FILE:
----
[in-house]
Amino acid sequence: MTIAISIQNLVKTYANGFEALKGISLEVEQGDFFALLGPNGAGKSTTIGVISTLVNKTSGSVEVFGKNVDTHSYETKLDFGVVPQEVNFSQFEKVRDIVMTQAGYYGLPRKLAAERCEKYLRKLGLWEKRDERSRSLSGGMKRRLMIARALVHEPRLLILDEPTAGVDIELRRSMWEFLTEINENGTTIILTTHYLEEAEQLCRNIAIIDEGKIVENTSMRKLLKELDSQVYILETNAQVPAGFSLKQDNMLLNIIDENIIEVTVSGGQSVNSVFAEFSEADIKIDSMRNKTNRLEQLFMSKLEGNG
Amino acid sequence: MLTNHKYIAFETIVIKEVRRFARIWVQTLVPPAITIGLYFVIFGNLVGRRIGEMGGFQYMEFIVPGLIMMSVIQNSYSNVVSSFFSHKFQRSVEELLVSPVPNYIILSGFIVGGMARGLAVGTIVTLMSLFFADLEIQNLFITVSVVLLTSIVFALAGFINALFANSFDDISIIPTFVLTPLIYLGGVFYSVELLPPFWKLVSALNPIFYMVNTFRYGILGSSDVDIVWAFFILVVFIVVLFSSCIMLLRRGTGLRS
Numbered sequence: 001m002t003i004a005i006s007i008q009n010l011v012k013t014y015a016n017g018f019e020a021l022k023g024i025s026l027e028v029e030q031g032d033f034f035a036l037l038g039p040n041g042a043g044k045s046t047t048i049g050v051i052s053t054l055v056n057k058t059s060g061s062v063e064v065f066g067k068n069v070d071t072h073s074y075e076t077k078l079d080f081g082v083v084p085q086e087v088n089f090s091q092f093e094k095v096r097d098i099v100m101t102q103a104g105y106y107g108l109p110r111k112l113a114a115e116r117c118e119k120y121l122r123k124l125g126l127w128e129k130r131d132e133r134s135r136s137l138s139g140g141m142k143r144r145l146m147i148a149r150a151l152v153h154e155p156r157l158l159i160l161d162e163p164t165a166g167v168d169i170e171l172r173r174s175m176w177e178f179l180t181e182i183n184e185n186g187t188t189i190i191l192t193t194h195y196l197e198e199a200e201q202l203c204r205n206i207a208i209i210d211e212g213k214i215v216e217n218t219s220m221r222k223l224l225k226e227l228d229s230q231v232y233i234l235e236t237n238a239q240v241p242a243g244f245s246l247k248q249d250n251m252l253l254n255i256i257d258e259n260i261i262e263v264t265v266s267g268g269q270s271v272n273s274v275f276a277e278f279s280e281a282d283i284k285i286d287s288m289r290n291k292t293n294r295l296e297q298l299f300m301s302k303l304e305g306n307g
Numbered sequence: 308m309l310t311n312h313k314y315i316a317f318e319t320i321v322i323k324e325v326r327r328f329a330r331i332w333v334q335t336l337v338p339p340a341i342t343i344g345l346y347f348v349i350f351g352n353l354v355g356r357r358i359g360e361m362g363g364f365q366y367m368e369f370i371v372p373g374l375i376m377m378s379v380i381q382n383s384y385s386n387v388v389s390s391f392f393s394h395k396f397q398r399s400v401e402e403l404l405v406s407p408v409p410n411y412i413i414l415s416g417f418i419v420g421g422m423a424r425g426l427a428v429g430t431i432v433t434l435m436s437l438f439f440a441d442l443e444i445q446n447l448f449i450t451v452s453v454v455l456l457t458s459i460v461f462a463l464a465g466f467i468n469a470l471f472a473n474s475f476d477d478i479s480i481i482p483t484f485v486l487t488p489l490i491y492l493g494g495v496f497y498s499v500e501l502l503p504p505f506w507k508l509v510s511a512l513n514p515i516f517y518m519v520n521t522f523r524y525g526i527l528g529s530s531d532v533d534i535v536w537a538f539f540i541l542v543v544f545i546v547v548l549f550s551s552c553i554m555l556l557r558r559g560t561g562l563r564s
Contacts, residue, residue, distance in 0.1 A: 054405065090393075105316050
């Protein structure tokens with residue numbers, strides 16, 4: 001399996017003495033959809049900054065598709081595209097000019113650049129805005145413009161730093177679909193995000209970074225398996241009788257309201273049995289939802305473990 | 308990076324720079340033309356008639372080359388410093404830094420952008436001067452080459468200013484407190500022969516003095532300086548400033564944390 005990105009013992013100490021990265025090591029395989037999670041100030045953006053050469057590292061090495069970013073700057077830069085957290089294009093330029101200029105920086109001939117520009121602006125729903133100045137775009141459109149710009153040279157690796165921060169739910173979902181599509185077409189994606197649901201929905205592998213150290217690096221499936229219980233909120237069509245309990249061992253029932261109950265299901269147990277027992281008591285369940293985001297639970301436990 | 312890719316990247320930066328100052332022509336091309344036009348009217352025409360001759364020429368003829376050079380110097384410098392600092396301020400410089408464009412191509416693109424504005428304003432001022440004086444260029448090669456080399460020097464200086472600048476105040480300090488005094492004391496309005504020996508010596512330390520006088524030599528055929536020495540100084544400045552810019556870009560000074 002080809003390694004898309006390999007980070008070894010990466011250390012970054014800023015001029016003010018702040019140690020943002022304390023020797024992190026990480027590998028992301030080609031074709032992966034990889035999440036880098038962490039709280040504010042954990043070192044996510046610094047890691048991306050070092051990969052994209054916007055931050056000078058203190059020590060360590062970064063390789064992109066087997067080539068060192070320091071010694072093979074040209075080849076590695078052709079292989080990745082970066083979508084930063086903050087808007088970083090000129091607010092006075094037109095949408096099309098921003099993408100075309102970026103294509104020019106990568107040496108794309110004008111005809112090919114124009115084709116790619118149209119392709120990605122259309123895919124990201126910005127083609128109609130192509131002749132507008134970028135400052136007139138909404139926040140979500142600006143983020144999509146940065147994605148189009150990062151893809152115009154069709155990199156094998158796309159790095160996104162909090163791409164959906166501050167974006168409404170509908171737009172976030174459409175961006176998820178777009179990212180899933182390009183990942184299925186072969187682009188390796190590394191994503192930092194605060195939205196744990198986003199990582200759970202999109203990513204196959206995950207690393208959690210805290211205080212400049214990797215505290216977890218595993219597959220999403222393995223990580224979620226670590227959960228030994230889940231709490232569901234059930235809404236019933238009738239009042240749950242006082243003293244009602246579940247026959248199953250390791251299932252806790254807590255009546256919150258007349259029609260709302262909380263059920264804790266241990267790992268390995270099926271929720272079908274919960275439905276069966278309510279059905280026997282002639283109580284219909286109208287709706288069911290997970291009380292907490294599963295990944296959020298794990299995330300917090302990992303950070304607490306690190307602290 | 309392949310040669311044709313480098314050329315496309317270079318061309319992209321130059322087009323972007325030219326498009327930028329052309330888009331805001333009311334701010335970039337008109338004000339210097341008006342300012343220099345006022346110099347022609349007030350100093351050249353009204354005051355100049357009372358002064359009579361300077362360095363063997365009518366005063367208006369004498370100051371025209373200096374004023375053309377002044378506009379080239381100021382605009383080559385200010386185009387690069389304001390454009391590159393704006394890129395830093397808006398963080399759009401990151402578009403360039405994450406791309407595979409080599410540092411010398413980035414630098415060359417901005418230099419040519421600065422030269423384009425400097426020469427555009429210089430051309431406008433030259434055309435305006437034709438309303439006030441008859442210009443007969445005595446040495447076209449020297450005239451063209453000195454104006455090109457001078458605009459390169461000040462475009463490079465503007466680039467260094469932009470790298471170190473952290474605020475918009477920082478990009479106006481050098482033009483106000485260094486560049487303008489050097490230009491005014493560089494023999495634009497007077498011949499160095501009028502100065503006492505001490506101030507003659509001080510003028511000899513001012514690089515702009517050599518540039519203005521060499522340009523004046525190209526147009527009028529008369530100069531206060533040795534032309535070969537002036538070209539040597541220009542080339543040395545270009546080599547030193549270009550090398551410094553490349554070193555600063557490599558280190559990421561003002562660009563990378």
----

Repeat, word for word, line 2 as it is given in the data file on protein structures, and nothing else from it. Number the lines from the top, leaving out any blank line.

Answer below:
Amino acid sequence: MTIAISIQNLVKTYANGFEALKGISLEVEQGDFFALLGPNGAGKSTTIGVISTLVNKTSGSVEVFGKNVDTHSYETKLDFGVVPQEVNFSQFEKVRDIVMTQAGYYGLPRKLAAERCEKYLRKLGLWEKRDERSRSLSGGMKRRLMIARALVHEPRLLILDEPTAGVDIELRRSMWEFLTEINENGTTIILTTHYLEEAEQLCRNIAIIDEGKIVENTSMRKLLKELDSQVYILETNAQVPAGFSLKQDNMLLNIIDENIIEVTVSGGQSVNSVFAEFSEADIKIDSMRNKTNRLEQLFMSKLEGNG